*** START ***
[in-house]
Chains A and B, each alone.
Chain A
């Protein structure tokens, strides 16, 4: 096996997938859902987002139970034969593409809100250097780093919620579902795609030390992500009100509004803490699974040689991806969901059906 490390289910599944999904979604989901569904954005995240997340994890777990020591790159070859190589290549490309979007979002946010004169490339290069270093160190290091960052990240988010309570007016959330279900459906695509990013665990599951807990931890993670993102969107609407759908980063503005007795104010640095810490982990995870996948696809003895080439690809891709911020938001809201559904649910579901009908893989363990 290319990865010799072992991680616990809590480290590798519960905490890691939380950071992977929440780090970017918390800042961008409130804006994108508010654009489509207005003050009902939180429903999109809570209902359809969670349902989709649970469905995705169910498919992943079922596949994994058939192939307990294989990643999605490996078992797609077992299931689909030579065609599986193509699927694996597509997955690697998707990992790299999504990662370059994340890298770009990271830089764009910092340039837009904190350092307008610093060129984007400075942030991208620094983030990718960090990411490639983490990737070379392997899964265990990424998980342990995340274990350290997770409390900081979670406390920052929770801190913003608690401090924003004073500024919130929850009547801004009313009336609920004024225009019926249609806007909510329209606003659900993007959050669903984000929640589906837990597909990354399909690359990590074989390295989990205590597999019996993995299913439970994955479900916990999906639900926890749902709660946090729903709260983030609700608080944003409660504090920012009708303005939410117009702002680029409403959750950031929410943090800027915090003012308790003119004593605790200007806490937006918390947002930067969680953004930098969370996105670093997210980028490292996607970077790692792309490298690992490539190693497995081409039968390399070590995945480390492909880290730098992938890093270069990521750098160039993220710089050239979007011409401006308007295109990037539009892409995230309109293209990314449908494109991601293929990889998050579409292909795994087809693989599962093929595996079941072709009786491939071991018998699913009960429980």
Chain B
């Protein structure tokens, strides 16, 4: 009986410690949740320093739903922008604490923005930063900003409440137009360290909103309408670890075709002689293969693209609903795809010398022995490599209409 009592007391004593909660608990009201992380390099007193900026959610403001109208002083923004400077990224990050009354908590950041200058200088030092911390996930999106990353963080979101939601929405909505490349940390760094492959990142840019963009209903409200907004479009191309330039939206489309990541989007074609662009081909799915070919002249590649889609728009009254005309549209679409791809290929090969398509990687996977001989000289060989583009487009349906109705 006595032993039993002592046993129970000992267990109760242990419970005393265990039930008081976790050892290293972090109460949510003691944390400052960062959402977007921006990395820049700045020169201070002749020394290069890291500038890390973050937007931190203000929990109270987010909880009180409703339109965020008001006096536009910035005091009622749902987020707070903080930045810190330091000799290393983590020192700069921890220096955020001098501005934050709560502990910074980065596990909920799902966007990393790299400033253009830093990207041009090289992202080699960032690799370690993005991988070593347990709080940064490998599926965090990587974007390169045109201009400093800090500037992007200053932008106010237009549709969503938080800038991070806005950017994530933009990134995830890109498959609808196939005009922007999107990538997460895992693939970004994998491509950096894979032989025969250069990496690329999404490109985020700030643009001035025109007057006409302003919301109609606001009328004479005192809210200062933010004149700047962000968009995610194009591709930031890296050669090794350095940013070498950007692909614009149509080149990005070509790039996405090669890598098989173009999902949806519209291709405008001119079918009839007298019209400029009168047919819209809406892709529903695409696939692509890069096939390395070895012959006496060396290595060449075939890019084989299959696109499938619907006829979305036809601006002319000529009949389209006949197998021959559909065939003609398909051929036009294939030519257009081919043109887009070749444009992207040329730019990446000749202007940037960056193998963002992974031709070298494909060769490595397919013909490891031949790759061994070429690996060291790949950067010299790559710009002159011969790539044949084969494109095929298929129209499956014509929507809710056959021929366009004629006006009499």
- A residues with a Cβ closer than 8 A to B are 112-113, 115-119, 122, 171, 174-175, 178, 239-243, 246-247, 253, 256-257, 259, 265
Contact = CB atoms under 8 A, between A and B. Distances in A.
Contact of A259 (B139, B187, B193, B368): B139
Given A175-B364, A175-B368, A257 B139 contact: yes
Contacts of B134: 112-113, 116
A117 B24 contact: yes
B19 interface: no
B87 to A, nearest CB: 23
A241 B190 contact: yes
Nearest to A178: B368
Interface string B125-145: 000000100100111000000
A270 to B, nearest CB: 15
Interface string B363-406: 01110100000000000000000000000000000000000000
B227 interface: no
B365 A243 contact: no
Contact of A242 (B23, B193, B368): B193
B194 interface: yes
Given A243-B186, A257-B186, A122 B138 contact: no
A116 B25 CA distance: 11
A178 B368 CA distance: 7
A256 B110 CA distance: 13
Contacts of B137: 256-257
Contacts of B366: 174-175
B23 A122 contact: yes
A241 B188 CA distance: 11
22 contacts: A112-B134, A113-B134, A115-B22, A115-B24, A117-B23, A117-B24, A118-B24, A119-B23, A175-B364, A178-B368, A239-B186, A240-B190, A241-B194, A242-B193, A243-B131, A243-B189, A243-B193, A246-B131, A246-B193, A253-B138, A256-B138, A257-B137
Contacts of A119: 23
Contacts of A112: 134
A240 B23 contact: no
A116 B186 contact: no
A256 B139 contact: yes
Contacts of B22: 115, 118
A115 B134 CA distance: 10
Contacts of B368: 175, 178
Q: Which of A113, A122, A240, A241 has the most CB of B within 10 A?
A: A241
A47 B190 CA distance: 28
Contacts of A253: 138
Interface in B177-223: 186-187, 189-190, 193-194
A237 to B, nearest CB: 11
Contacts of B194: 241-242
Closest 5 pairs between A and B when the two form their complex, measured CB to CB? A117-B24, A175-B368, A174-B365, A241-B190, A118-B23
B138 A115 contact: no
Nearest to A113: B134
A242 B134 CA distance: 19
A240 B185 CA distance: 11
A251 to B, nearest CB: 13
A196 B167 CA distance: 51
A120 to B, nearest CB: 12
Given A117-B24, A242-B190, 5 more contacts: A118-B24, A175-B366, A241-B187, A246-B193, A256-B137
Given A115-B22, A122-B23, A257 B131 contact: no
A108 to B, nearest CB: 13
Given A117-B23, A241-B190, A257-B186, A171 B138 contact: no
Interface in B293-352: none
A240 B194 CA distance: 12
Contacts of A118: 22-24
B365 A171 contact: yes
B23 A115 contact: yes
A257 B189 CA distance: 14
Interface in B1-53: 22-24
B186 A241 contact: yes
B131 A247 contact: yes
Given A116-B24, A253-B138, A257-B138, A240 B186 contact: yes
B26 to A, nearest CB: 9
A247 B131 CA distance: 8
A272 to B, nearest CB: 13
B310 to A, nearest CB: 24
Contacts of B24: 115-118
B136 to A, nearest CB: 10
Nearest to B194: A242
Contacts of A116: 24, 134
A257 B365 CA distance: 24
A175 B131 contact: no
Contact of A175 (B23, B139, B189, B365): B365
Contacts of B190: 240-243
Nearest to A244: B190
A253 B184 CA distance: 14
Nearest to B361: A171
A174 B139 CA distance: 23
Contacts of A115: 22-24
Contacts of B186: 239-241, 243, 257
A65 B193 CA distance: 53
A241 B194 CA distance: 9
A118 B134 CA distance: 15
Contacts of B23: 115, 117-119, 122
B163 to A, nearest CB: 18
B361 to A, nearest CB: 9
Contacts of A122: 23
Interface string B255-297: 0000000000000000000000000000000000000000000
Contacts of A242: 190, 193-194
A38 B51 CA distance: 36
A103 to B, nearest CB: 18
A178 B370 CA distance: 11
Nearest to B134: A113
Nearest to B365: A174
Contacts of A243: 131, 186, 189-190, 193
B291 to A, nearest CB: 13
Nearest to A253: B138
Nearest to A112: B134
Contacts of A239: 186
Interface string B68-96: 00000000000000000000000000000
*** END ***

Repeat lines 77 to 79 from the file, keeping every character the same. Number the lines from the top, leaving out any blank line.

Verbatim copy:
Contacts of A116: 24, 134
A257 B365 CA distance: 24
A175 B131 contact: no